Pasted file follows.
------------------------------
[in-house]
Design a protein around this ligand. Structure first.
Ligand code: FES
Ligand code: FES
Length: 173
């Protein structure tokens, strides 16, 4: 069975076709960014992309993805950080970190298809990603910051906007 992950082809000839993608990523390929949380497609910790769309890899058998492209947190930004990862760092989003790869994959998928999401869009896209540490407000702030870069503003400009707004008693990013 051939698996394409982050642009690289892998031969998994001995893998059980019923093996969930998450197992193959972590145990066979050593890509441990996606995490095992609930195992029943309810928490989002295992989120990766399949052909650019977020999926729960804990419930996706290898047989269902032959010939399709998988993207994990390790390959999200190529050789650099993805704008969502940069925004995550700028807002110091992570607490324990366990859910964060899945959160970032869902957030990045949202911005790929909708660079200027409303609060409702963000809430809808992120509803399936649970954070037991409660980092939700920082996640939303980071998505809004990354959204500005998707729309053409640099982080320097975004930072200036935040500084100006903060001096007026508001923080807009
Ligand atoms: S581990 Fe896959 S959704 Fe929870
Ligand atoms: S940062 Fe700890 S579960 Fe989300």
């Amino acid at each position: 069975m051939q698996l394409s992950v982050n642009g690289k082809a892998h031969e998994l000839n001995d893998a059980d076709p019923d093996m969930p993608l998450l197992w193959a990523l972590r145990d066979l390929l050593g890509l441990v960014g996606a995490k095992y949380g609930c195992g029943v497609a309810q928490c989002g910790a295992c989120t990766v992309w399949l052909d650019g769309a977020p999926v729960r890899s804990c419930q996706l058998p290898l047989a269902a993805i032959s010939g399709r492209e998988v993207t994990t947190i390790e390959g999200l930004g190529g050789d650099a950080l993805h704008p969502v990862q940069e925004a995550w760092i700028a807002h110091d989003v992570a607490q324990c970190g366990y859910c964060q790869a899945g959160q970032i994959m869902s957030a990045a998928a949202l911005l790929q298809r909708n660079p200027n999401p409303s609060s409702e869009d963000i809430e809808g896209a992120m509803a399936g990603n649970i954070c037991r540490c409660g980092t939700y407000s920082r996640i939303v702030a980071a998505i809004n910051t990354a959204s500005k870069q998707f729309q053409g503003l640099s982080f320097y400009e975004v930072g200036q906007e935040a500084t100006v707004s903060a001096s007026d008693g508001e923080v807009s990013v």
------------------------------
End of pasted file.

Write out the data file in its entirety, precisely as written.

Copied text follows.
[in-house]
Design a protein around this ligand. Structure first.
Ligand code: FES
Ligand code: FES
Length: 173
């Protein structure tokens, strides 16, 4: 069975076709960014992309993805950080970190298809990603910051906007 992950082809000839993608990523390929949380497609910790769309890899058998492209947190930004990862760092989003790869994959998928999401869009896209540490407000702030870069503003400009707004008693990013 051939698996394409982050642009690289892998031969998994001995893998059980019923093996969930998450197992193959972590145990066979050593890509441990996606995490095992609930195992029943309810928490989002295992989120990766399949052909650019977020999926729960804990419930996706290898047989269902032959010939399709998988993207994990390790390959999200190529050789650099993805704008969502940069925004995550700028807002110091992570607490324990366990859910964060899945959160970032869902957030990045949202911005790929909708660079200027409303609060409702963000809430809808992120509803399936649970954070037991409660980092939700920082996640939303980071998505809004990354959204500005998707729309053409640099982080320097975004930072200036935040500084100006903060001096007026508001923080807009
Ligand atoms: S581990 Fe896959 S959704 Fe929870
Ligand atoms: S940062 Fe700890 S579960 Fe989300």
């Amino acid at each position: 069975m051939q698996l394409s992950v982050n642009g690289k082809a892998h031969e998994l000839n001995d893998a059980d076709p019923d093996m969930p993608l998450l197992w193959a990523l972590r145990d066979l390929l050593g890509l441990v960014g996606a995490k095992y949380g609930c195992g029943v497609a309810q928490c989002g910790a295992c989120t990766v992309w399949l052909d650019g769309a977020p999926v729960r890899s804990c419930q996706l058998p290898l047989a269902a993805i032959s010939g399709r492209e998988v993207t994990t947190i390790e390959g999200l930004g190529g050789d650099a950080l993805h704008p969502v990862q940069e925004a995550w760092i700028a807002h110091d989003v992570a607490q324990c970190g366990y859910c964060q790869a899945g959160q970032i994959m869902s957030a990045a998928a949202l911005l790929q298809r909708n660079p200027n999401p409303s609060s409702e869009d963000i809430e809808g896209a992120m509803a399936g990603n649970i954070c037991r540490c409660g980092t939700y407000s920082r996640i939303v702030a980071a998505i809004n910051t990354a959204s500005k870069q998707f729309q053409g503003l640099s982080f320097y400009e975004v930072g200036q906007e935040a500084t100006v707004s903060a001096s007026d008693g508001e923080v807009s990013v």